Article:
Restoring the right to vote
Published 11:03 am Friday, February 15, 2019
More than 312,000 Kentuckians cannot vote. And it is all because of a felony conviction.
Those findings are from a report by the League of Women Voters of Kentucky, which says there has been a 68 percent increase in those who can’t vote because of felony convictions since 2006.
Kentucky is one of just three states, including Iowa and Virginia, that impose lifetime voting bans on those with felony convictions. The League said 92 percent of those with felony convictions have been released from prison or jail and live in the community, but cannot vote.
“I think it is not a point of honor to be possibly the last state that permanently disenfranchises people,” said Judy Johnson, the felon and voting rights chairwoman for the League of Women Voters of Kentucky.
The Kentucky Constitution bans convicted felons from voting, holding public office, owning a gun and serving on a jury. The governor can restore voting rights to convicted felons with a pardon. And in 2016, the state legislature passed a law allowing people convicted of nonviolent felonies to have their records expunged, a process that includes a $500 fee.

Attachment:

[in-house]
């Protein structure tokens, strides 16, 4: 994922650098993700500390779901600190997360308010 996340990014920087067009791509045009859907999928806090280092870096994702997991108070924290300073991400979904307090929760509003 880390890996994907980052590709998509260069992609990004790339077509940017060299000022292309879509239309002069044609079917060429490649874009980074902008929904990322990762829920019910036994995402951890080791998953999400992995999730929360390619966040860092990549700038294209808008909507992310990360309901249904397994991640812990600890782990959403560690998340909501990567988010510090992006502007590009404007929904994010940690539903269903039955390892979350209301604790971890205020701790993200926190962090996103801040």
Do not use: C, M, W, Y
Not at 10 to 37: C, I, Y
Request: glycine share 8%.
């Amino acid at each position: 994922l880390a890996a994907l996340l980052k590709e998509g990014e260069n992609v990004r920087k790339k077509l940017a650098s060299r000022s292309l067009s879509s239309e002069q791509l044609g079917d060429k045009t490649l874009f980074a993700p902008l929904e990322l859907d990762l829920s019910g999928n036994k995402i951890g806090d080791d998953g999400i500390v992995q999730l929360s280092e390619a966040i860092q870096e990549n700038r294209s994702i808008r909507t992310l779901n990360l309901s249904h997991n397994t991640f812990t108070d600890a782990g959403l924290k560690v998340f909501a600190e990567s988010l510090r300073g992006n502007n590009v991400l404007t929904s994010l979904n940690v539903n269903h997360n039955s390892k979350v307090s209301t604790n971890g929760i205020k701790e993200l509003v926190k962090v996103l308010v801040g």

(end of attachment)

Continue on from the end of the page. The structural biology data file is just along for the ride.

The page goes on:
The court has granted 2,032 expungement requests between July 15, 2016, and Dec. 31, 2018, according to the report. The prior three governors have issued 11,500 partial pardons to restore voting rights. But since 2016, the report noted the number of people who have completed their prison sentences yet still cannot vote jumped 88.6 percent.
And while we believe those convicted of a felony should sacrifice certain rights, we also believe in second chances for most.
We believe it is time for the Commonwealth to revisit this issue and state Rep. George Brown has a proposal that would do just that. The amendment to the state’s constitution would automatically restore voting rights to convicted felons once they have completed their prison sentences.
If state lawmakers approve the proposal, the amendment would be put on the ballot in 2020 for voters to decide.
We believe this is a common sense idea that should be supported.
While not all felons turn their life around, there are countless ones who do. And those who have turned their life around should have the right to vote and make a positive impact in their community.